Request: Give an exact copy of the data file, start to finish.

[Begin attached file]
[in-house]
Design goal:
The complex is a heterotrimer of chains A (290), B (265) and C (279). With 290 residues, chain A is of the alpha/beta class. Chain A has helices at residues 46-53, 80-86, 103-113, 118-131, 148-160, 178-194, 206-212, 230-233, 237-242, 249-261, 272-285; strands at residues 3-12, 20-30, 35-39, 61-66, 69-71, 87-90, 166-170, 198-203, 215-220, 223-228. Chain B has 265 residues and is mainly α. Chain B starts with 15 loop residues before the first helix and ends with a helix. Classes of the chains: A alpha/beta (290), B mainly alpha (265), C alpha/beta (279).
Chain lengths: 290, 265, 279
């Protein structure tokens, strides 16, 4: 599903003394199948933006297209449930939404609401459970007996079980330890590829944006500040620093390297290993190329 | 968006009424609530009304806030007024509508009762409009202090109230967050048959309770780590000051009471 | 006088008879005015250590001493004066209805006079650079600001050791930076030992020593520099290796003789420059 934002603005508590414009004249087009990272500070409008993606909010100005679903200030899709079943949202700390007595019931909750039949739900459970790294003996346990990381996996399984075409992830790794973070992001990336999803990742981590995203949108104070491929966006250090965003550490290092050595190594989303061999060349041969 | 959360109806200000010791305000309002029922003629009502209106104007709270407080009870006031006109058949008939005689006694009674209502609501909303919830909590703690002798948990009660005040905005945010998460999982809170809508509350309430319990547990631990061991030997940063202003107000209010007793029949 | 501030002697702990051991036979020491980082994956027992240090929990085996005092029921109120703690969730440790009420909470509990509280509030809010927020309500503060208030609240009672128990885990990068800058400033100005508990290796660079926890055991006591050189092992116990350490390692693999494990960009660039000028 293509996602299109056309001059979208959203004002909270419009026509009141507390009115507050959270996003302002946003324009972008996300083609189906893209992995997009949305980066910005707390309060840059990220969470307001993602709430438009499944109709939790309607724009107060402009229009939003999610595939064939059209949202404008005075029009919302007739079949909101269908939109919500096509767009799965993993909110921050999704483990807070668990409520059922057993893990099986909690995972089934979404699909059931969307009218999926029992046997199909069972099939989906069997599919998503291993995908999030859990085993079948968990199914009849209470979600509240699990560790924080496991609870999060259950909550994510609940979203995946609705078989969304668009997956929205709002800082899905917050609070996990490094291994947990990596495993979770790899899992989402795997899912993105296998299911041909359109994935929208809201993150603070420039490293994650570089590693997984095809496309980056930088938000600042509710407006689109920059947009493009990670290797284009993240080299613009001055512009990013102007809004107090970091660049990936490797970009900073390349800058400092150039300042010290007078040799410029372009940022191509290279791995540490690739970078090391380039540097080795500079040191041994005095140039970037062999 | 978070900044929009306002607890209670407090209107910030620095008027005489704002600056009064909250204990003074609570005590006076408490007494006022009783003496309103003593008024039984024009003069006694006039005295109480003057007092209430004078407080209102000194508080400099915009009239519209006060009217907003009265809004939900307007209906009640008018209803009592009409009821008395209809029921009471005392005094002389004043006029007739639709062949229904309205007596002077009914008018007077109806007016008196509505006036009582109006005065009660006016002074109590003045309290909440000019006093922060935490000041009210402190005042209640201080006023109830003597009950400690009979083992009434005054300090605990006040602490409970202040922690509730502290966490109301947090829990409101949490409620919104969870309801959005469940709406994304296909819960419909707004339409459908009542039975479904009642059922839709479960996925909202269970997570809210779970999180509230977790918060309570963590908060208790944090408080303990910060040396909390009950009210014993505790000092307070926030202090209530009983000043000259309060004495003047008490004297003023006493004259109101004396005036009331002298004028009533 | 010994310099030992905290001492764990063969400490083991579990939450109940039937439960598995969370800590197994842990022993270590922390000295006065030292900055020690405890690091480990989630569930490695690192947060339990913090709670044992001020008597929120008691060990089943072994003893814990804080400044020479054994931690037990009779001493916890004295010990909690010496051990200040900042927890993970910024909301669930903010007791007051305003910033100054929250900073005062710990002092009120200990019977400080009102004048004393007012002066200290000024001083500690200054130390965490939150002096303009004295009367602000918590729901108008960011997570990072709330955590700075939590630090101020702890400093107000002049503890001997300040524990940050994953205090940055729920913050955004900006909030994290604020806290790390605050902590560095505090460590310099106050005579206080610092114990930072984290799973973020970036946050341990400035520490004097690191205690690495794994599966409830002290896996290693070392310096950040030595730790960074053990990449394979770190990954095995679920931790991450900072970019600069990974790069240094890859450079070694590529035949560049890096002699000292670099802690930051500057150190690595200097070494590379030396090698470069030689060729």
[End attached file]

[in-house]
Design goal:
The complex is a heterotrimer of chains A (290), B (265) and C (279). With 290 residues, chain A is of the alpha/beta class. Chain A has helices at residues 46-53, 80-86, 103-113, 118-131, 148-160, 178-194, 206-212, 230-233, 237-242, 249-261, 272-285; strands at residues 3-12, 20-30, 35-39, 61-66, 69-71, 87-90, 166-170, 198-203, 215-220, 223-228. Chain B has 265 residues and is mainly α. Chain B starts with 15 loop residues before the first helix and ends with a helix. Classes of the chains: A alpha/beta (290), B mainly alpha (265), C alpha/beta (279).
Chain lengths: 290, 265, 279
């Protein structure tokens, strides 16, 4: 599903003394199948933006297209449930939404609401459970007996079980330890590829944006500040620093390297290993190329 | 968006009424609530009304806030007024509508009762409009202090109230967050048959309770780590000051009471 | 006088008879005015250590001493004066209805006079650079600001050791930076030992020593520099290796003789420059 934002603005508590414009004249087009990272500070409008993606909010100005679903200030899709079943949202700390007595019931909750039949739900459970790294003996346990990381996996399984075409992830790794973070992001990336999803990742981590995203949108104070491929966006250090965003550490290092050595190594989303061999060349041969 | 959360109806200000010791305000309002029922003629009502209106104007709270407080009870006031006109058949008939005689006694009674209502609501909303919830909590703690002798948990009660005040905005945010998460999982809170809508509350309430319990547990631990061991030997940063202003107000209010007793029949 | 501030002697702990051991036979020491980082994956027992240090929990085996005092029921109120703690969730440790009420909470509990509280509030809010927020309500503060208030609240009672128990885990990068800058400033100005508990290796660079926890055991006591050189092992116990350490390692693999494990960009660039000028 293509996602299109056309001059979208959203004002909270419009026509009141507390009115507050959270996003302002946003324009972008996300083609189906893209992995997009949305980066910005707390309060840059990220969470307001993602709430438009499944109709939790309607724009107060402009229009939003999610595939064939059209949202404008005075029009919302007739079949909101269908939109919500096509767009799965993993909110921050999704483990807070668990409520059922057993893990099986909690995972089934979404699909059931969307009218999926029992046997199909069972099939989906069997599919998503291993995908999030859990085993079948968990199914009849209470979600509240699990560790924080496991609870999060259950909550994510609940979203995946609705078989969304668009997956929205709002800082899905917050609070996990490094291994947990990596495993979770790899899992989402795997899912993105296998299911041909359109994935929208809201993150603070420039490293994650570089590693997984095809496309980056930088938000600042509710407006689109920059947009493009990670290797284009993240080299613009001055512009990013102007809004107090970091660049990936490797970009900073390349800058400092150039300042010290007078040799410029372009940022191509290279791995540490690739970078090391380039540097080795500079040191041994005095140039970037062999 | 978070900044929009306002607890209670407090209107910030620095008027005489704002600056009064909250204990003074609570005590006076408490007494006022009783003496309103003593008024039984024009003069006694006039005295109480003057007092209430004078407080209102000194508080400099915009009239519209006060009217907003009265809004939900307007209906009640008018209803009592009409009821008395209809029921009471005392005094002389004043006029007739639709062949229904309205007596002077009914008018007077109806007016008196509505006036009582109006005065009660006016002074109590003045309290909440000019006093922060935490000041009210402190005042209640201080006023109830003597009950400690009979083992009434005054300090605990006040602490409970202040922690509730502290966490109301947090829990409101949490409620919104969870309801959005469940709406994304296909819960419909707004339409459908009542039975479904009642059922839709479960996925909202269970997570809210779970999180509230977790918060309570963590908060208790944090408080303990910060040396909390009950009210014993505790000092307070926030202090209530009983000043000259309060004495003047008490004297003023006493004259109101004396005036009331002298004028009533 | 010994310099030992905290001492764990063969400490083991579990939450109940039937439960598995969370800590197994842990022993270590922390000295006065030292900055020690405890690091480990989630569930490695690192947060339990913090709670044992001020008597929120008691060990089943072994003893814990804080400044020479054994931690037990009779001493916890004295010990909690010496051990200040900042927890993970910024909301669930903010007791007051305003910033100054929250900073005062710990002092009120200990019977400080009102004048004393007012002066200290000024001083500690200054130390965490939150002096303009004295009367602000918590729901108008960011997570990072709330955590700075939590630090101020702890400093107000002049503890001997300040524990940050994953205090940055729920913050955004900006909030994290604020806290790390605050902590560095505090460590310099106050005579206080610092114990930072984290799973973020970036946050341990400035520490004097690191205690690495794994599966409830002290896996290693070392310096950040030595730790960074053990990449394979770190990954095995679920931790991450900072970019600069990974790069240094890859450079070694590529035949560049890096002699000292670099802690930051500057150190690595200097070494590379030396090698470069030689060729």